Here’s one of Charles Wesley’s amazing theological poems to get you started today. I’ve included all ten verses from the original 1780 hymn book. If you can, read it slowly and savour the beauty of what Jesus has done for us. There’s a short reflection below.
O FOR a thousand tongues to sing
My great Redeemer’s praise,
The glories of my God and King,
The triumphs of his grace!
My gracious Master and my God,
Assist me to proclaim,
To spread through all the earth abroad
The honours of thy name.
Jesus! the name that charms our fears,
That bids our sorrows cease;
‘Tis music in the sinner’s ears,
‘Tis life, and health, and peace.
He breaks the power of cancelled sin,
He sets the prisoner free;
His blood can make the foulest clean,
His blood availed for me.
He speaks, and, listening to his voice,
New life the dead receive,
The mournful, broken hearts rejoice,
The humble poor believe.
Hear him, ye deaf; his praise, ye dumb,
Your loosened tongues employ;
Ye blind, behold your Saviour come,
And leap, ye lame, for joy.
Look unto him, ye nations, own
Your God, ye fallen race;
Look, and be saved through faith alone,
Be justified by grace.
See all your sins on Jesus laid:
The Lamb of God was slain,
His soul was once an offering made
For every soul of man.
Awake from guilty nature’s sleep,
And Christ shall give you light,
Cast all your sins into the deep,
And wash the Ethiop white.
With me, your chief, ye then shall know,
Shall feel your sins forgiven;
Anticipate your heaven below,
And own that love is heaven.
In its long form this hymn combines two of the best elements of Wesley’s poetry: his exuberant, God-glorifying, praise for the wonders of individual salvation (verses 1-5) and his passion for teaching about how we are saved and spurring us on to an ever greater experience of God (verses 6-10).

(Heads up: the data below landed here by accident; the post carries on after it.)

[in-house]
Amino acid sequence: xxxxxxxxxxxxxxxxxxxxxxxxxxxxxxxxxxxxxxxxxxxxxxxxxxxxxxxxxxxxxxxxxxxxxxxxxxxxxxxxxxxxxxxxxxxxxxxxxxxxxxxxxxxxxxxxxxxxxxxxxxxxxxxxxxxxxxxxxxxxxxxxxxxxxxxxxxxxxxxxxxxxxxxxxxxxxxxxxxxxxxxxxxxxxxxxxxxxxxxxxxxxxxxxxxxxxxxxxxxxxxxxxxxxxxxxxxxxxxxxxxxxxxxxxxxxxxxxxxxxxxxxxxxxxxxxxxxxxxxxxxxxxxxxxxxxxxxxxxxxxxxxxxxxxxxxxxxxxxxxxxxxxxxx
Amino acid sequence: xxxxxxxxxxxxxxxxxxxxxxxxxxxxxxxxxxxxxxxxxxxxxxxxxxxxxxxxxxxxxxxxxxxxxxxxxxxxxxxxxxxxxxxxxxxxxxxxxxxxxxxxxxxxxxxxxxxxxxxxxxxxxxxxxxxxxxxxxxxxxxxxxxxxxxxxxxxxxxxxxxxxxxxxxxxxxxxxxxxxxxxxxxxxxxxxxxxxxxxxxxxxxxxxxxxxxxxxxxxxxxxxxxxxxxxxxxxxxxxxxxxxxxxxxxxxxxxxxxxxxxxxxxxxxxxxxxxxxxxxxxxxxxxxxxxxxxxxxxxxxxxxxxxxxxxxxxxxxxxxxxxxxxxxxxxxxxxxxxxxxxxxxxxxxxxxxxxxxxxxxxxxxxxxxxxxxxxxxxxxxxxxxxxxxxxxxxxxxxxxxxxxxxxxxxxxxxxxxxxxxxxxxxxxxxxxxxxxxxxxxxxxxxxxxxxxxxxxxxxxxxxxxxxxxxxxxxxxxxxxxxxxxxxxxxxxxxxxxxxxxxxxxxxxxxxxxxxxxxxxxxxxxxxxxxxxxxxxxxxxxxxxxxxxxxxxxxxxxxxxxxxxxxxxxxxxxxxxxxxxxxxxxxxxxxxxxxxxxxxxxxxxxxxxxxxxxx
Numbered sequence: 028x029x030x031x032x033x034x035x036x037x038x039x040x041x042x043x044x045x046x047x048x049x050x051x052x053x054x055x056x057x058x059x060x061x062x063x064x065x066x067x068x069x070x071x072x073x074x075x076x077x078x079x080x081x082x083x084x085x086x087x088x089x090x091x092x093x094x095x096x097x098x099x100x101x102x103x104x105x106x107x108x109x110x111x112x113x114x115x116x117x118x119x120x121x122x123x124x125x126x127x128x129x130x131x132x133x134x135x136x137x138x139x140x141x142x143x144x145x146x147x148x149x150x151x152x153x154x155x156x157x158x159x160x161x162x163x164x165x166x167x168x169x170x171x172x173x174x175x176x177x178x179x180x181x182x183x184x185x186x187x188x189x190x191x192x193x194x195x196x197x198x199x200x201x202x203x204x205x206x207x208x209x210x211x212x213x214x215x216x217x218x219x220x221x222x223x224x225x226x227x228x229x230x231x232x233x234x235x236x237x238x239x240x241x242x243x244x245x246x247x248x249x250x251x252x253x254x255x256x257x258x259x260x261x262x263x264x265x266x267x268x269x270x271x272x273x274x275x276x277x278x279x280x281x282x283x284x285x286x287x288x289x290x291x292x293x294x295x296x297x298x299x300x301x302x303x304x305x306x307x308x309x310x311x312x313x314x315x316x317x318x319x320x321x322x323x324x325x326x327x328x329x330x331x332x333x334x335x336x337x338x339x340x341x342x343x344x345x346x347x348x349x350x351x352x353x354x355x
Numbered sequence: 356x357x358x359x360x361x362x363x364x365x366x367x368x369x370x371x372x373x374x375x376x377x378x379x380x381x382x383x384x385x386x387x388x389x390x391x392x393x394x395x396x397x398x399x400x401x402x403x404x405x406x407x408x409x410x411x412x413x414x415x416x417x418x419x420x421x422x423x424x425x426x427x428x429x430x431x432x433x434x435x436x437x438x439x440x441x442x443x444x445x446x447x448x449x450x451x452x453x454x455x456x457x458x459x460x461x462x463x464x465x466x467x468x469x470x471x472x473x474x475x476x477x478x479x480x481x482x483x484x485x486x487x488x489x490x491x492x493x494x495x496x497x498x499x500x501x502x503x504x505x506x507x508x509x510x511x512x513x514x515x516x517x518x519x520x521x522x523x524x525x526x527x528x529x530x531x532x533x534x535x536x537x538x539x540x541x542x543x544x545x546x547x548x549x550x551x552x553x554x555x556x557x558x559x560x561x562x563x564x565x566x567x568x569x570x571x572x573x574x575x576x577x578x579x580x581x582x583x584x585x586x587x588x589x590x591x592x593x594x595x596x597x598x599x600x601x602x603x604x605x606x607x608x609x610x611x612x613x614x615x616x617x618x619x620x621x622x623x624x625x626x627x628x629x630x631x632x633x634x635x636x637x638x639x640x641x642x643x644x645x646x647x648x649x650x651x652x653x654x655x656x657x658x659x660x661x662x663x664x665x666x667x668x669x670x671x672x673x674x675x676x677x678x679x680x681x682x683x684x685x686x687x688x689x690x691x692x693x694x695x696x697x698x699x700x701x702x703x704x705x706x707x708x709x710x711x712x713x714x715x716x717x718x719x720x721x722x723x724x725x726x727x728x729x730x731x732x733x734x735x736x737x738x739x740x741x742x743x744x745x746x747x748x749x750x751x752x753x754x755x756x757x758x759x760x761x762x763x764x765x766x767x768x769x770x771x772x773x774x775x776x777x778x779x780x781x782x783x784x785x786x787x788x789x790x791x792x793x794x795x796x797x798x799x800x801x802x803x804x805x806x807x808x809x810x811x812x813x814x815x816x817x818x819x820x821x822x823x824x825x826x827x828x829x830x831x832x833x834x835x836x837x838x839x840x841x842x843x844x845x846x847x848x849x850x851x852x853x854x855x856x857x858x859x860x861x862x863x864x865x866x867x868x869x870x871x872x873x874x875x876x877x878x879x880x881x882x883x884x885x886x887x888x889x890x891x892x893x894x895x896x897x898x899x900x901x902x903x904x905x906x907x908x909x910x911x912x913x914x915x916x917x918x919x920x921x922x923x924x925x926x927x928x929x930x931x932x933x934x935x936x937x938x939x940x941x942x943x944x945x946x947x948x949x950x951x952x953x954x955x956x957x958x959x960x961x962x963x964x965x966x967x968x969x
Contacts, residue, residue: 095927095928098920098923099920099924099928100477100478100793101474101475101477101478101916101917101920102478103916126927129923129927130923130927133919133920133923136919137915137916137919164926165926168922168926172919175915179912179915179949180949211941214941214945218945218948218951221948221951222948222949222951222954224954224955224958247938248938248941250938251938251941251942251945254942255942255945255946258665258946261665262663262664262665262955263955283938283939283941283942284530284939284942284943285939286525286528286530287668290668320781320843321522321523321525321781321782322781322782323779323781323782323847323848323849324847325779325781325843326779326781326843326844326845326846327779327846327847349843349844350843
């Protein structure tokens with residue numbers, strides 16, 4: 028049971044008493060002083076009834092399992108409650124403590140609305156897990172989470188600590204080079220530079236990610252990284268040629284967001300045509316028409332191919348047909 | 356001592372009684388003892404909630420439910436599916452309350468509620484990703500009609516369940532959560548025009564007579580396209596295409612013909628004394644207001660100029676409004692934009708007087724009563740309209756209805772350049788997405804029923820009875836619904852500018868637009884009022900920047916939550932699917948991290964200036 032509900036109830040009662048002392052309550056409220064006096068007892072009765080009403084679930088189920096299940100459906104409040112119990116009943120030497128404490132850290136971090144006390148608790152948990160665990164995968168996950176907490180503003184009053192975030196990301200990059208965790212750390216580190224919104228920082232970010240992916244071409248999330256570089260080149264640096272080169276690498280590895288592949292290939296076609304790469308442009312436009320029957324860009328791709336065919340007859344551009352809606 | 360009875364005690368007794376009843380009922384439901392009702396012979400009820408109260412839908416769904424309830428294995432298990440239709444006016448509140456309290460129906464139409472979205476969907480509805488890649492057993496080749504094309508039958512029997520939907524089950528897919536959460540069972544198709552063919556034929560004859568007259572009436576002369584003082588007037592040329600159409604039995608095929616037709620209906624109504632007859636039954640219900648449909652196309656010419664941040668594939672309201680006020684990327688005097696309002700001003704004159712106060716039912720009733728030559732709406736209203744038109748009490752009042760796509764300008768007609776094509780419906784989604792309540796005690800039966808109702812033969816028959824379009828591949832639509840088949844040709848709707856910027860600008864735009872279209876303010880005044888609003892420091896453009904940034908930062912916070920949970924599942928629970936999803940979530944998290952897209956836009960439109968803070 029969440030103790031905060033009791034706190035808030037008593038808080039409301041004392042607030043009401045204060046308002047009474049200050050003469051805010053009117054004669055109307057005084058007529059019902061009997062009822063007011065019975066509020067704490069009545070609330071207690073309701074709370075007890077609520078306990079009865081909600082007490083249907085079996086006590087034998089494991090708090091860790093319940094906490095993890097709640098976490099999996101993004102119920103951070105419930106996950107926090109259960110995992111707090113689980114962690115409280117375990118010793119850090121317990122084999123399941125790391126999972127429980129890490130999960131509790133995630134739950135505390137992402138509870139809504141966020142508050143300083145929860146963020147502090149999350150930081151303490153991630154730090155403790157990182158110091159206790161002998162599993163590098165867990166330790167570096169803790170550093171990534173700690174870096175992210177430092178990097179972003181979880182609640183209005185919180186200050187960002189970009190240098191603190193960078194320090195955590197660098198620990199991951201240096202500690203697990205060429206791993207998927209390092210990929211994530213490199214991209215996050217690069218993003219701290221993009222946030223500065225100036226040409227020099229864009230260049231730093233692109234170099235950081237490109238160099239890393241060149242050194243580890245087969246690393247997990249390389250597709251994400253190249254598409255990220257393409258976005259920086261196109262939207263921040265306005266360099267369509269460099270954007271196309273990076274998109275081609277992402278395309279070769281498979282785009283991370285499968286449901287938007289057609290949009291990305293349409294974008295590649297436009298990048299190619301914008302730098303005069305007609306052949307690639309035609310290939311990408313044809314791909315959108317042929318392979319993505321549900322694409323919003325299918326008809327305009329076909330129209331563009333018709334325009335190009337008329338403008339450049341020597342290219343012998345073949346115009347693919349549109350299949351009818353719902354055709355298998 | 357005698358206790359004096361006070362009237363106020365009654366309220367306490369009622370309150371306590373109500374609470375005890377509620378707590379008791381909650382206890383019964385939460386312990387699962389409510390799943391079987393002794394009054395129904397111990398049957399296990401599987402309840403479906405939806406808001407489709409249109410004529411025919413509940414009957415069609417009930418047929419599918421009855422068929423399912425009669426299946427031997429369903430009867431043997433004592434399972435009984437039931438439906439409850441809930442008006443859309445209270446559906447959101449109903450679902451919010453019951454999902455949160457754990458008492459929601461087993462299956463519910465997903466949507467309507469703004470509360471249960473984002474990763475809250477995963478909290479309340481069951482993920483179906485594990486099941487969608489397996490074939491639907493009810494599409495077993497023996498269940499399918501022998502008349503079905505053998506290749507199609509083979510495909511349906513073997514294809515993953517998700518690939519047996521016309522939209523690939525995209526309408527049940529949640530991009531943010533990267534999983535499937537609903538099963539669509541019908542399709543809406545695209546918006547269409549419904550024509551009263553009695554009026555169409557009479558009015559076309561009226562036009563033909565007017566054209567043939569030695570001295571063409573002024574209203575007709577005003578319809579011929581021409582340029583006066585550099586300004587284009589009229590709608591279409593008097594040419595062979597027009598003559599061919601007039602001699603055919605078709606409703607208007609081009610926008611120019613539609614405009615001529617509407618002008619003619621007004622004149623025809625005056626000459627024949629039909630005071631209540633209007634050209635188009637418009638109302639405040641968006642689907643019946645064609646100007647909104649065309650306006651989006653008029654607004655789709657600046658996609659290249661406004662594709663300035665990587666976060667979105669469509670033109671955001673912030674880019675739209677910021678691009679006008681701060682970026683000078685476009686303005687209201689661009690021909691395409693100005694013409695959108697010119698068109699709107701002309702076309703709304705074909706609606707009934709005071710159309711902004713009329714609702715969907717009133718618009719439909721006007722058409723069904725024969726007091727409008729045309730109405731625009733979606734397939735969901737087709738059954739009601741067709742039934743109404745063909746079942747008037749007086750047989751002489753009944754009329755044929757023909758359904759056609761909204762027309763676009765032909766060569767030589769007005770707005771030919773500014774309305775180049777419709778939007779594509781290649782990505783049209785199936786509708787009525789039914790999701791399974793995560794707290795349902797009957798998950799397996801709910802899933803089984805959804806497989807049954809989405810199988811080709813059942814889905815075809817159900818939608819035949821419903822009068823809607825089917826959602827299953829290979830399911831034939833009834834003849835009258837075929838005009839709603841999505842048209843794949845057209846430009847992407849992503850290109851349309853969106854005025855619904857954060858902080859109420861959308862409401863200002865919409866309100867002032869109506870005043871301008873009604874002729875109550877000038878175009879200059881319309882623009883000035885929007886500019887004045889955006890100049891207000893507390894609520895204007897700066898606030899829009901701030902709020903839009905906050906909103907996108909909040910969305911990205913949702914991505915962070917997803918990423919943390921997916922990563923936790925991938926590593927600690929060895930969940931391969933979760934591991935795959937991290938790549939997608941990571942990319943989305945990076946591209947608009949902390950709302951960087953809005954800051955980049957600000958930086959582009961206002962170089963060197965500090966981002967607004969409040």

Verses 1-5 are a passionate praise for the cosmic glory of Christ – Jesus should be praised and glorified throughout the world for what he has done for sinners. There is a real joy and commitment to the crucified, risen and glorified Son of God. Yet at the same time Wesley connects the cosmic victory of Christ and our experience of him now with Jesus’ life on earth and work throughout the gospels – verses 4 and 5 are drawn from Jesus’ statement about himself in Luke 4 while the pictures of the deaf hearing, blind seeing, and dumb speaking explicitly connect us to Christ’s earthly miracles. We worship today the same God-man who walked through Israel, healed, preached, died, rose and sent his Spirit into the world and our experience of him is just as real as those who saw him face to face.
Less familiar, perhaps, are verses 6-10. Here Wesley teaches how we are saved and all the glories that await us if we pursue Christ throughout our lives. It is an enormous shame that these verses are no longer sung in churches as they are a wonderful summary of the gospel. First, all need saving (‘Look unto him, ye nations’) yet through faith all can be saved because of the grace of God. Second, we see how salvation was brought (‘see all your sins on Jesus laid’). Third, we we are called to respond to that offering by faith and assured that if we do then God will receive us and forgive us completely (‘Awake from guilty’s sleep…Cast all your sins into the deep’). Finally, we are promised that our experience of God’s forgiveness is the first word and not the last in our salvation – we too can know that deliverance from the power of sin which comes from being renewed in the love of God (‘Anticipate your heaven below’).
If that doesn’t get you going on a Monday morning, nothing will!